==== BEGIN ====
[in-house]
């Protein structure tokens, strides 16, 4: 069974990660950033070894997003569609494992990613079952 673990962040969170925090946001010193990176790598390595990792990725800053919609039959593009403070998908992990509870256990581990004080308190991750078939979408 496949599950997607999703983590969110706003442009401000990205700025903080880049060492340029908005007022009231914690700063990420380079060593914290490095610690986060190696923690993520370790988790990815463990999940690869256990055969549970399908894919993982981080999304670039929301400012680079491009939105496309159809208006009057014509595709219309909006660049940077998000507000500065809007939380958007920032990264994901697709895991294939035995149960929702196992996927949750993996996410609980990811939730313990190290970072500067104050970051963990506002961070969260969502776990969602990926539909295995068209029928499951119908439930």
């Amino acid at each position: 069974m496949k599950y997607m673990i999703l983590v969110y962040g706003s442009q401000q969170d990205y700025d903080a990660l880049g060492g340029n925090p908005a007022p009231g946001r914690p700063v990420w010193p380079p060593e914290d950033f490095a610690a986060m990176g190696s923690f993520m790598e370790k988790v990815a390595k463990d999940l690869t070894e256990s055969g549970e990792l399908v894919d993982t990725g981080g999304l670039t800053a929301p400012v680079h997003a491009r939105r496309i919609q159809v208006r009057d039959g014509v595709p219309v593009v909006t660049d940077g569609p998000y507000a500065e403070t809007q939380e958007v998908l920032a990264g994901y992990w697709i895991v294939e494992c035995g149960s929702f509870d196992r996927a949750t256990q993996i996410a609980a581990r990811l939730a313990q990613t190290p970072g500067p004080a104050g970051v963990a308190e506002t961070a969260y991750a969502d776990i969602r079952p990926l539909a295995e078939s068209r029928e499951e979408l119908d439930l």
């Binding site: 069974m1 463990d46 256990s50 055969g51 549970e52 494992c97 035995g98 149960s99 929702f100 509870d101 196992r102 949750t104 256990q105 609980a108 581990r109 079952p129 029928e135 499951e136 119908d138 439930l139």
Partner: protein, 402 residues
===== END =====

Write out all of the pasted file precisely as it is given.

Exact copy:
[in-house]
């Protein structure tokens, strides 16, 4: 069974990660950033070894997003569609494992990613079952 673990962040969170925090946001010193990176790598390595990792990725800053919609039959593009403070998908992990509870256990581990004080308190991750078939979408 496949599950997607999703983590969110706003442009401000990205700025903080880049060492340029908005007022009231914690700063990420380079060593914290490095610690986060190696923690993520370790988790990815463990999940690869256990055969549970399908894919993982981080999304670039929301400012680079491009939105496309159809208006009057014509595709219309909006660049940077998000507000500065809007939380958007920032990264994901697709895991294939035995149960929702196992996927949750993996996410609980990811939730313990190290970072500067104050970051963990506002961070969260969502776990969602990926539909295995068209029928499951119908439930």
């Amino acid at each position: 069974m496949k599950y997607m673990i999703l983590v969110y962040g706003s442009q401000q969170d990205y700025d903080a990660l880049g060492g340029n925090p908005a007022p009231g946001r914690p700063v990420w010193p380079p060593e914290d950033f490095a610690a986060m990176g190696s923690f993520m790598e370790k988790v990815a390595k463990d999940l690869t070894e256990s055969g549970e990792l399908v894919d993982t990725g981080g999304l670039t800053a929301p400012v680079h997003a491009r939105r496309i919609q159809v208006r009057d039959g014509v595709p219309v593009v909006t660049d940077g569609p998000y507000a500065e403070t809007q939380e958007v998908l920032a990264g994901y992990w697709i895991v294939e494992c035995g149960s929702f509870d196992r996927a949750t256990q993996i996410a609980a581990r990811l939730a313990q990613t190290p970072g500067p004080a104050g970051v963990a308190e506002t961070a969260y991750a969502d776990i969602r079952p990926l539909a295995e078939s068209r029928e499951e979408l119908d439930l």
């Binding site: 069974m1 463990d46 256990s50 055969g51 549970e52 494992c97 035995g98 149960s99 929702f100 509870d101 196992r102 949750t104 256990q105 609980a108 581990r109 079952p129 029928e135 499951e136 119908d138 439930l139």
Partner: protein, 402 residues